Title

Neuroendocrine and neurotrophic signaling in Huntington's disease: Implications for pathogenic mechanisms and treatment strategies

Document Type

Journal Article

Publisher

Pergamon Press

Place of Publication

United Kingdom

School

School of Medical and Health Sciences

RAS ID

22110

Comments

Originally published as: Bartlett, D.M., Cruickshank, T.M., Hannan, A.J., Eastwood, R.R., Lazar, A.S., & Ziman, M.R. (2016). Neuroendocrine and neurotrophic signaling in Huntington's disease: Implications for pathogenic mechanisms and treatment strategies. Neuroscience and Biobehavioral Reviews, 71 (December), 444-454. Available here.

Abstract

Huntington's disease (HD) is a fatal neurodegenerative disease caused by an extended polyglutamine tract in the huntingtin protein. Circadian, sleep and hypothalamic-pituitary-adrenal (HPA) axis disturbances are observed in HD as early as 15 years before clinical disease onset. Disturbances in these key processes result in increased cortisol and altered melatonin release which may negatively impact on brain-derived neurotrophic factor (BDNF) expression and contribute to documented neuropathological and clinical disease features. This review describes the normal interactions between neurotrophic factors, the HPA-axis and circadian rhythm, as indicated by levels of BDNF, cortisol and melatonin, and the alterations in these intricately balanced networks in HD. We also discuss the implications of these alterations on the neurobiology of HD and the potential to result in hypothalamic, circadian, and sleep pathologies. Measurable alterations in these pathways provide targets that, if treated early, may reduce degeneration of brain structures. We therefore focus here on the means by which multidisciplinary therapy could be utilised as a non-pharmaceutical approach to restore the balance of these pathways.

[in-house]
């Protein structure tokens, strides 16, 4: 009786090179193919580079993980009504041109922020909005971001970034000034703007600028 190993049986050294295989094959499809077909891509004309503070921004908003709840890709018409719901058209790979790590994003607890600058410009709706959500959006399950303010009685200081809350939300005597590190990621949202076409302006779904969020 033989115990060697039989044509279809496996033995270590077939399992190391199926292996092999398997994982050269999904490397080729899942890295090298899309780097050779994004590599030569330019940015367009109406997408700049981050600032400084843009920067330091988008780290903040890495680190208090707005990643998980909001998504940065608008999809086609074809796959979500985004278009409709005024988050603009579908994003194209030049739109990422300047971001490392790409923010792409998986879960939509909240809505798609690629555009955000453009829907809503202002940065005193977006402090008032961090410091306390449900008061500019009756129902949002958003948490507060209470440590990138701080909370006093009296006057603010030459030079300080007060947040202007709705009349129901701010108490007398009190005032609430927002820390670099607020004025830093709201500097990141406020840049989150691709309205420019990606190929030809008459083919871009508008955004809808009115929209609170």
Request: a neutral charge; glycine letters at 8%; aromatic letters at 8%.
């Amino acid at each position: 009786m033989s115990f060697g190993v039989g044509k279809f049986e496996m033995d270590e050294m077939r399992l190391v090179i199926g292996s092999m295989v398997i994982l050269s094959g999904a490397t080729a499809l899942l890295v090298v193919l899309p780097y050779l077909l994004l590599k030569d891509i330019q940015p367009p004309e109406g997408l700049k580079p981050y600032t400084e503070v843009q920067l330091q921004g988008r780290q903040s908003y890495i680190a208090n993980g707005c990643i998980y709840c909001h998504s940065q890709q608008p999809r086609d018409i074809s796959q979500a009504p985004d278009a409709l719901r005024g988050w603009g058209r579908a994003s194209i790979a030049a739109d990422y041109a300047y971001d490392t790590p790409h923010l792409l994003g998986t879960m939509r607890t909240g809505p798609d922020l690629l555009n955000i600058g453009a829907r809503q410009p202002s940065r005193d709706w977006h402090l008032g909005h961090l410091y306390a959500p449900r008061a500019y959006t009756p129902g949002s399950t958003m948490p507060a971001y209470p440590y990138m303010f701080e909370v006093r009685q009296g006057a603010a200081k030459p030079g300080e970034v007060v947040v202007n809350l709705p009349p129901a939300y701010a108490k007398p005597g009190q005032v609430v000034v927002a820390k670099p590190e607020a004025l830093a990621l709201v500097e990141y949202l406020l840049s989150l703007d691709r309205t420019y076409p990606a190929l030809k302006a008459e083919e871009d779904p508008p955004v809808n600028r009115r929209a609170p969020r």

DOI

10.1016/j.neubiorev.2016.09.006

Creative Commons License

Creative Commons Attribution-Noncommercial-No Derivative Works 4.0 License
This work is licensed under a Creative Commons Attribution-Noncommercial-No Derivative Works 4.0 License.

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